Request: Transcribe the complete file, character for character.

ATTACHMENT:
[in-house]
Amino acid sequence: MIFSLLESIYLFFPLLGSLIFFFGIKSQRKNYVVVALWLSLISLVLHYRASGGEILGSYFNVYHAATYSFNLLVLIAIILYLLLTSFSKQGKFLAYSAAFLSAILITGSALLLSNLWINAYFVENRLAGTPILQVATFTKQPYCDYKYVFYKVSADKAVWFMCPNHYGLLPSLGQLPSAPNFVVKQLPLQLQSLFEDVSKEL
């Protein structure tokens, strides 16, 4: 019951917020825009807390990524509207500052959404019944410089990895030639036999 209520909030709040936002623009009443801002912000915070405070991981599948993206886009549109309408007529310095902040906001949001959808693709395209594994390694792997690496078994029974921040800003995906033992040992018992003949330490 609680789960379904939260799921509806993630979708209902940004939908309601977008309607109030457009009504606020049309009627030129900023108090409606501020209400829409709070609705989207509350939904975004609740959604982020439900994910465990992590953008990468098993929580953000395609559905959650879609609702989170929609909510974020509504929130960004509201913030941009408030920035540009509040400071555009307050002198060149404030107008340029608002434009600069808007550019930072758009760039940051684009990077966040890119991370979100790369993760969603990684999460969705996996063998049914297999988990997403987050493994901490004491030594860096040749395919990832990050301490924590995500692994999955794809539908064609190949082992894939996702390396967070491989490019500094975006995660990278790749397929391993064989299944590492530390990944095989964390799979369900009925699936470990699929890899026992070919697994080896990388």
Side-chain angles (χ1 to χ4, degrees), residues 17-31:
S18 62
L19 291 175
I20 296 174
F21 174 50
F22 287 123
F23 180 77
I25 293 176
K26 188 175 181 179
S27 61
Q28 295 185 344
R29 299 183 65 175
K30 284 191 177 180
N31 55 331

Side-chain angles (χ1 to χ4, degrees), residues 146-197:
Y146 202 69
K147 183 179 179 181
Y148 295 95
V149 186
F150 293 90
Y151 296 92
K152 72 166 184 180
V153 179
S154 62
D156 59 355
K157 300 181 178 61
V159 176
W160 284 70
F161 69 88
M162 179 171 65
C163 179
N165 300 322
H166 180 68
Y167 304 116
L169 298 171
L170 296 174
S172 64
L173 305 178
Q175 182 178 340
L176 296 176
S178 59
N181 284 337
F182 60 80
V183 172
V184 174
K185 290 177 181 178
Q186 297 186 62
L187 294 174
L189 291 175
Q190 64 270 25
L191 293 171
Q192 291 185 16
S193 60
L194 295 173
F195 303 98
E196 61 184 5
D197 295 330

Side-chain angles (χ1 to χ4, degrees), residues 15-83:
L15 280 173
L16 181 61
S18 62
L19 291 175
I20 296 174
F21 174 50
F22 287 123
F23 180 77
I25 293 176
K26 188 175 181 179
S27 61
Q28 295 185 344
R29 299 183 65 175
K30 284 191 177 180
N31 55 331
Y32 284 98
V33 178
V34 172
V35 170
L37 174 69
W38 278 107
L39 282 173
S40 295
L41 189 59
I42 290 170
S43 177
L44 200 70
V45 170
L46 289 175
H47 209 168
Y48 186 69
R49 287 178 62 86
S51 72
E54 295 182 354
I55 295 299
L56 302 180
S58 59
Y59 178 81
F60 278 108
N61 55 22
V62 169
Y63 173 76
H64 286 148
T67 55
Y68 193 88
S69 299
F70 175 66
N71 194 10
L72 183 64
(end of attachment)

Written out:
[in-house]
Amino acid sequence: MIFSLLESIYLFFPLLGSLIFFFGIKSQRKNYVVVALWLSLISLVLHYRASGGEILGSYFNVYHAATYSFNLLVLIAIILYLLLTSFSKQGKFLAYSAAFLSAILITGSALLLSNLWINAYFVENRLAGTPILQVATFTKQPYCDYKYVFYKVSADKAVWFMCPNHYGLLPSLGQLPSAPNFVVKQLPLQLQSLFEDVSKEL
């Protein structure tokens, strides 16, 4: 019951917020825009807390990524509207500052959404019944410089990895030639036999 209520909030709040936002623009009443801002912000915070405070991981599948993206886009549109309408007529310095902040906001949001959808693709395209594994390694792997690496078994029974921040800003995906033992040992018992003949330490 609680789960379904939260799921509806993630979708209902940004939908309601977008309607109030457009009504606020049309009627030129900023108090409606501020209400829409709070609705989207509350939904975004609740959604982020439900994910465990992590953008990468098993929580953000395609559905959650879609609702989170929609909510974020509504929130960004509201913030941009408030920035540009509040400071555009307050002198060149404030107008340029608002434009600069808007550019930072758009760039940051684009990077966040890119991370979100790369993760969603990684999460969705996996063998049914297999988990997403987050493994901490004491030594860096040749395919990832990050301490924590995500692994999955794809539908064609190949082992894939996702390396967070491989490019500094975006995660990278790749397929391993064989299944590492530390990944095989964390799979369900009925699936470990699929890899026992070919697994080896990388």
Side-chain angles (χ1 to χ4, degrees), residues 17-31:
S18 62
L19 291 175
I20 296 174
F21 174 50
F22 287 123
F23 180 77
I25 293 176
K26 188 175 181 179
S27 61
Q28 295 185 344
R29 299 183 65 175
K30 284 191 177 180
N31 55 331

Side-chain angles (χ1 to χ4, degrees), residues 146-197:
Y146 202 69
K147 183 179 179 181
Y148 295 95
V149 186
F150 293 90
Y151 296 92
K152 72 166 184 180
V153 179
S154 62
D156 59 355
K157 300 181 178 61
V159 176
W160 284 70
F161 69 88
M162 179 171 65
C163 179
N165 300 322
H166 180 68
Y167 304 116
L169 298 171
L170 296 174
S172 64
L173 305 178
Q175 182 178 340
L176 296 176
S178 59
N181 284 337
F182 60 80
V183 172
V184 174
K185 290 177 181 178
Q186 297 186 62
L187 294 174
L189 291 175
Q190 64 270 25
L191 293 171
Q192 291 185 16
S193 60
L194 295 173
F195 303 98
E196 61 184 5
D197 295 330

Side-chain angles (χ1 to χ4, degrees), residues 15-83:
L15 280 173
L16 181 61
S18 62
L19 291 175
I20 296 174
F21 174 50
F22 287 123
F23 180 77
I25 293 176
K26 188 175 181 179
S27 61
Q28 295 185 344
R29 299 183 65 175
K30 284 191 177 180
N31 55 331
Y32 284 98
V33 178
V34 172
V35 170
L37 174 69
W38 278 107
L39 282 173
S40 295
L41 189 59
I42 290 170
S43 177
L44 200 70
V45 170
L46 289 175
H47 209 168
Y48 186 69
R49 287 178 62 86
S51 72
E54 295 182 354
I55 295 299
L56 302 180
S58 59
Y59 178 81
F60 278 108
N61 55 22
V62 169
Y63 173 76
H64 286 148
T67 55
Y68 193 88
S69 299
F70 175 66
N71 194 10
L72 183 64